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Barriers and facilitators for participation in health promotion programs among employees: a six-month follow-up study

Overview of attention for article published in BMC Public Health, June 2014
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1 X user

Citations

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60 Dimensions

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121 Mendeley
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Title
Barriers and facilitators for participation in health promotion programs among employees: a six-month follow-up study
Published in
BMC Public Health, June 2014
DOI 10.1186/1471-2458-14-573
Pubmed ID
Authors

Anne Rongen, Suzan JW Robroek, Wouter van Ginkel, Dennis Lindeboom, Bibiëlle Altink, Alex Burdorf

Abstract

Health promotion programs (HPPs) are thought to improve health behavior and health, and their effectiveness is increasingly being studied. However, participation in HPPs is usually modest and effect sizes are often small. This study aims to (1) gain insight into the degree of participation of employees in HPPs, and (2) identify factors among employees that are associated with both their intention to participate and actual participation in HPPs.

X Demographics

X Demographics

The data shown below were collected from the profile of 1 X user who shared this research output. Click here to find out more about how the information was compiled.
As of 1 July 2024, you may notice a temporary increase in the numbers of X profiles with Unknown location. Click here to learn more.
Mendeley readers

Mendeley readers

The data shown below were compiled from readership statistics for 121 Mendeley readers of this research output. Click here to see the associated Mendeley record.

Geographical breakdown

Country Count As %
Tanzania, United Republic of 1 <1%
Netherlands 1 <1%
United Kingdom 1 <1%
Canada 1 <1%
United States 1 <1%
Unknown 116 96%

Demographic breakdown

Readers by professional status Count As %
Student > Master 26 21%
Student > Ph. D. Student 15 12%
Student > Bachelor 15 12%
Researcher 12 10%
Student > Doctoral Student 10 8%
Other 20 17%
Unknown 23 19%
Readers by discipline Count As %
Medicine and Dentistry 24 20%
Nursing and Health Professions 20 17%
Psychology 14 12%
Sports and Recreations 8 7%
Social Sciences 6 5%
Other 20 17%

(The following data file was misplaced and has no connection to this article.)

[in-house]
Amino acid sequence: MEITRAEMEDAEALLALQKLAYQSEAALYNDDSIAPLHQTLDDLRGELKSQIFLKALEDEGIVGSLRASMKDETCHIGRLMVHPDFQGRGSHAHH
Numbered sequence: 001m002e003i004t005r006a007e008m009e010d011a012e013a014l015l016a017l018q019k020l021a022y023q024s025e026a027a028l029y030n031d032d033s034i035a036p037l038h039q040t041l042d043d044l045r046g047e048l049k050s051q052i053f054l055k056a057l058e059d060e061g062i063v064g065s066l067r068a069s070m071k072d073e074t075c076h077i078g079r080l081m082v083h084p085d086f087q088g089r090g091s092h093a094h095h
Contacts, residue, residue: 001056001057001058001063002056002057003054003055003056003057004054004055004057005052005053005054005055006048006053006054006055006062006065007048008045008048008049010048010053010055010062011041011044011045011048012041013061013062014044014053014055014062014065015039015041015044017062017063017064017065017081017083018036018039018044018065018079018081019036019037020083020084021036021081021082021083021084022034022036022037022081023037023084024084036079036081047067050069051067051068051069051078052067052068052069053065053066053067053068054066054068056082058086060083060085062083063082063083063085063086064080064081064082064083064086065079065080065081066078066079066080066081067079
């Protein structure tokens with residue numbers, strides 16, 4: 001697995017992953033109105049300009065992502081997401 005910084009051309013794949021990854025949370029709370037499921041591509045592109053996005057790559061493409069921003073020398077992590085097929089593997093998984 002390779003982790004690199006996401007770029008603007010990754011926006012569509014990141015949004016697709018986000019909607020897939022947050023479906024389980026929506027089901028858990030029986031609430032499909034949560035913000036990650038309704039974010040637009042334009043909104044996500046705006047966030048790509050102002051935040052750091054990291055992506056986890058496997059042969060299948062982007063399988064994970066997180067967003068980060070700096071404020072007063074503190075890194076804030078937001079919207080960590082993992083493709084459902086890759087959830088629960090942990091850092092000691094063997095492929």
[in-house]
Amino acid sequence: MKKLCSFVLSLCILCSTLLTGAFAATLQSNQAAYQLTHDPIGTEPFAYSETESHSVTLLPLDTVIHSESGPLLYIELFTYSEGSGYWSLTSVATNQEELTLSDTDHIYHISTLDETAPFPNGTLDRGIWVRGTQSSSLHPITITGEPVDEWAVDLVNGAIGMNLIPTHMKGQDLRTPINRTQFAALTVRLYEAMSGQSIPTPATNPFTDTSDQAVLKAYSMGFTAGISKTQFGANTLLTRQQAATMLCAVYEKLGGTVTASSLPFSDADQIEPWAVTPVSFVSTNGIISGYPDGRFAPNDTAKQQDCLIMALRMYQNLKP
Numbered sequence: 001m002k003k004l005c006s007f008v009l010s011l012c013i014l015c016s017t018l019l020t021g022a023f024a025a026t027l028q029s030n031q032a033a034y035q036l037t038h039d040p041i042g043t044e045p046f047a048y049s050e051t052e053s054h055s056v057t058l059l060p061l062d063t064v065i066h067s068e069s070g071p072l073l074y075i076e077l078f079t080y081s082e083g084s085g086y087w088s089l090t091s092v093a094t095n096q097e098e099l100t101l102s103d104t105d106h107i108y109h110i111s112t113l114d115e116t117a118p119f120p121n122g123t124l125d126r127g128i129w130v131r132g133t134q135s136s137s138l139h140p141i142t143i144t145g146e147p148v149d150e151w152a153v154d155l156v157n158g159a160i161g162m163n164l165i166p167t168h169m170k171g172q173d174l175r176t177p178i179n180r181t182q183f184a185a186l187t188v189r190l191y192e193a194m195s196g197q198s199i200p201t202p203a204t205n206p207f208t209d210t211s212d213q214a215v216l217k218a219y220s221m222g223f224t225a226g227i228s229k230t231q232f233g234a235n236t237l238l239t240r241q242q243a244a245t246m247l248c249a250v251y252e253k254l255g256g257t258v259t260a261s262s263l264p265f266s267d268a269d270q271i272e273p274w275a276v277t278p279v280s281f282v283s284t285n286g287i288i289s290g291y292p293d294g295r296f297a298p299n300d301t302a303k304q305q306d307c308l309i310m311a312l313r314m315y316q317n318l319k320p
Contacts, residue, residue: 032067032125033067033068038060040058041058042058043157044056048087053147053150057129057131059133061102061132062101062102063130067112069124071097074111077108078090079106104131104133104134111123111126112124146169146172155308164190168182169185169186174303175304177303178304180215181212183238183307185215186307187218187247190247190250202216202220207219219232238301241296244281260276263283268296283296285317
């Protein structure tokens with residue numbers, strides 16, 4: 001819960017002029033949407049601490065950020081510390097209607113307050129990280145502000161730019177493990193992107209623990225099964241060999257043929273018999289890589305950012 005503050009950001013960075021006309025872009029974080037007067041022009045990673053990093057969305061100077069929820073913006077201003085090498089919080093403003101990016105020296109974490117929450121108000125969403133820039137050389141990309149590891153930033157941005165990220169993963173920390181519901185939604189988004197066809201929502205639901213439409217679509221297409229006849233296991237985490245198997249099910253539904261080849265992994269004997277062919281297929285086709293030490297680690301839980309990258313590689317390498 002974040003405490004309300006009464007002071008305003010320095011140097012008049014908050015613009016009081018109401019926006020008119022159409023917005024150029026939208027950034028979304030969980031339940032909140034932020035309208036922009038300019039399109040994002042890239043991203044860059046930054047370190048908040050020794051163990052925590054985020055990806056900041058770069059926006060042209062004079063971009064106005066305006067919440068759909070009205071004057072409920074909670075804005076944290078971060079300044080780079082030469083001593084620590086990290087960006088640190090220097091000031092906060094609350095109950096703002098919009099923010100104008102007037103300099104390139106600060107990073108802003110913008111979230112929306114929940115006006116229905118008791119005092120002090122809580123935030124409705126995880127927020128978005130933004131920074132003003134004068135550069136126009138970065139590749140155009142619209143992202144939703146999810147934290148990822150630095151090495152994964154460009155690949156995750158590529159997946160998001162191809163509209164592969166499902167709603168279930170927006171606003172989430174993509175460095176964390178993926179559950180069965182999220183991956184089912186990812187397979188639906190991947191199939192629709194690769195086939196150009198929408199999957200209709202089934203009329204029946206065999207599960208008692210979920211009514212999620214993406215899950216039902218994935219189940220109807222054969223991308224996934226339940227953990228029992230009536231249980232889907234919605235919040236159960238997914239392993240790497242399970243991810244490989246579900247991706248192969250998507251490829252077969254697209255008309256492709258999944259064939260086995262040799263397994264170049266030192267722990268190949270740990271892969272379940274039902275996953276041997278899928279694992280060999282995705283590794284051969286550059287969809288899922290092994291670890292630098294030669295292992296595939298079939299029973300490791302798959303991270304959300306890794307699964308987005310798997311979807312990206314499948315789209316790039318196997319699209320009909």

Unknown 29 24%
Attention Score in Context

Attention Score in Context

This research output has an Altmetric Attention Score of 1. This is our high-level measure of the quality and quantity of online attention that it has received. This Attention Score, as well as the ranking and number of research outputs shown below, was calculated when the research output was last mentioned on 24 March 2015.
All research outputs
#15,327,280
of 22,796,179 outputs
Outputs from BMC Public Health
#11,333
of 14,855 outputs
Outputs of similar age
#133,622
of 228,918 outputs
Outputs of similar age from BMC Public Health
#224
of 283 outputs
Altmetric has tracked 22,796,179 research outputs across all sources so far. This one is in the 22nd percentile – i.e., 22% of other outputs scored the same or lower than it.
So far Altmetric has tracked 14,855 research outputs from this source. They typically receive a lot more attention than average, with a mean Attention Score of 13.9. This one is in the 16th percentile – i.e., 16% of its peers scored the same or lower than it.
Older research outputs will score higher simply because they've had more time to accumulate mentions. To account for age we can compare this Altmetric Attention Score to the 228,918 tracked outputs that were published within six weeks on either side of this one in any source. This one is in the 32nd percentile – i.e., 32% of its contemporaries scored the same or lower than it.
We're also able to compare this research output to 283 others from the same source and published within six weeks on either side of this one. This one is in the 17th percentile – i.e., 17% of its contemporaries scored the same or lower than it.